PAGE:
To date I’ve read two anthologies and have begun my third.
I started of with 10 Short Stories you Must Read this Year, which was a not for sale promotional anthology as part of the Books Alive campaign last year (an initiative of Art Council Australia).
It features the work of ten well known Australian writers, most of whom, sadly I had not read prior to picking up the anthology.
While all the stories were interesting in their own ways, the stand out was the final story of the anthology by Jack Marx, Letter from a Drunk to a Long Gone Wife. He explores a terrain which I have been long interested in, where do you stop when you cross your moral boundaries. Just when you think Marx’s unnamed MC can’t possibly sink any lower, you are punched in the stomach – over and over again as he reveals all in a letter to his wife. Dark and brilliant writing.
Other greatly enjoyed stories were Melina Marchetta’s Twelve Minutes for the emotional landscape it explores juxtaposing the happiest of times with the most lost of times, Anita Heiss’s Manhattan Dreaming especially for it’s local references and use of colloquial Aboriginal language and Toni Jordan’s You Can Change Your Life because it sends up self development as the shallow and sensationalist activity I’ve always thought it was.
Kathy’s Lette’s Hate at First Sight reinforced to me, all the things I hate about chick-lit and why I won’t be picking up one of her books or any others of the ilk, in the near future.
Moving on from 10 Short Stories you Must Read this Year I grabbed One Book, Many Brisbanes: an anthology of Brisbane Stories, which is the big competition all Brisbane writers aspire to win and be published in.
I have the special 150th Queensland edition from last year – where five writers were chosen as part of the competition and five well known Brisbane writers were invited to contribute. Given this mix I had high expectations of what would be between the covers.
All in all, it was a great disappointment as far as stories and Brisbane go. Many stories I felt could have occurred anywhere – just substitute suburb A for suburb B in any other Australian city. Most of the characters I really didn’t care too much about and I felt entirely lukewarm about Karen Foxlee’s winning entry Little Bird.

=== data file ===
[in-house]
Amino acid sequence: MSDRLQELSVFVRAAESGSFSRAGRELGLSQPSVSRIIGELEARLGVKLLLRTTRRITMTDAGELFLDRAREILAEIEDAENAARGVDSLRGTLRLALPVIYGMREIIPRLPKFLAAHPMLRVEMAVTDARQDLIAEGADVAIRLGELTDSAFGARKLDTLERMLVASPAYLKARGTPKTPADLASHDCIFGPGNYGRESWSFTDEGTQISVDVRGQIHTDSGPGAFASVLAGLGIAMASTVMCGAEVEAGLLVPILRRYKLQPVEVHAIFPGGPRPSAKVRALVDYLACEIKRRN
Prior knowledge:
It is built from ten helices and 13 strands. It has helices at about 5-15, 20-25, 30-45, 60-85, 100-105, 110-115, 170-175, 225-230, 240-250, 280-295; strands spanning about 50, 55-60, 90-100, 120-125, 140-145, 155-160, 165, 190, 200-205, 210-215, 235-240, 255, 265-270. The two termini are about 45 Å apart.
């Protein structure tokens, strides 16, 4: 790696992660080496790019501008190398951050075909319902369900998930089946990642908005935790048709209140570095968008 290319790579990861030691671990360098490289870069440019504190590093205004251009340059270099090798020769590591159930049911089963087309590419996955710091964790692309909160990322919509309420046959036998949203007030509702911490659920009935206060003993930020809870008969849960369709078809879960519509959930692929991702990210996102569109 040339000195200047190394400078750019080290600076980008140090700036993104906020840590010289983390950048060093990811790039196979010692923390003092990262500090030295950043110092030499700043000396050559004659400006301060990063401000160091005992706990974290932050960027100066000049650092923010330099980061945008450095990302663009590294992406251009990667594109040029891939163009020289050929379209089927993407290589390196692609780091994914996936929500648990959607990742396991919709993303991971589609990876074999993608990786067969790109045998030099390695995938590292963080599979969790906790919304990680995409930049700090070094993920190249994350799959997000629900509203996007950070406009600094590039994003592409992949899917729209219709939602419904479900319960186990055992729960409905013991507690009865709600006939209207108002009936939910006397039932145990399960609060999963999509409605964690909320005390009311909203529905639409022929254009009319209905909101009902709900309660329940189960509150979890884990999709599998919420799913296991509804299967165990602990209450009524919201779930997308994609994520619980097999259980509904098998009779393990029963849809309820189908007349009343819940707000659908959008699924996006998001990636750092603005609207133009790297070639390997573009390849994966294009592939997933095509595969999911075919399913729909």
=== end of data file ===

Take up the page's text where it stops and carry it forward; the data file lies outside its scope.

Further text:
The stand-out stories were Adair Jones’ thought provoking 100 Points about a silent protest (the scene where he sews his lips together is chilling) and Janet McFadden’s Tunnel. McFadden’s story is all the more powerful for the fact it is a true tale with an unexpected twist at the end. She also masters and potrays the Irish accent with authenticity in the dialogue.
Along with many other Brisbane writers, I can’t understand how many of the stories ended up in the anthology. The other two thirds of my writing group both submitted stories last year which were brilliant, had fantastic twists and truly embodied the essence of Brisbane, but neither made the final cut.
I am thrilled to see, after doing a little bit of research that Beverly Fitzgerald, who I met in Kate Eltham’s short story writing class last year, secured a place in the 2010 One Book Many Brisbanes with her excellent story Sixteen Years of Beetroot. Congratulations Beverly.
At the moment I am enjoying Em Newman’s eAnthology From Dark Places. Well and truly worth the five and a bit dollars it cost to download from SmashWords. More on Em’s stories when I finish the anthology.
What has the past three weeks has shown me?
The short fiction written by ‘unknown’ and unpublished writers’ both on and off the web is of a far higher standard in many cases, than that of published and well known writers being picked up and published in the mainstream. I think we’re spoilt for choice and given most of the short fiction available on the web is free, very lucky.
Dan Powell was mad enough to join me on this reading adventure. You can find his week one wrap up here.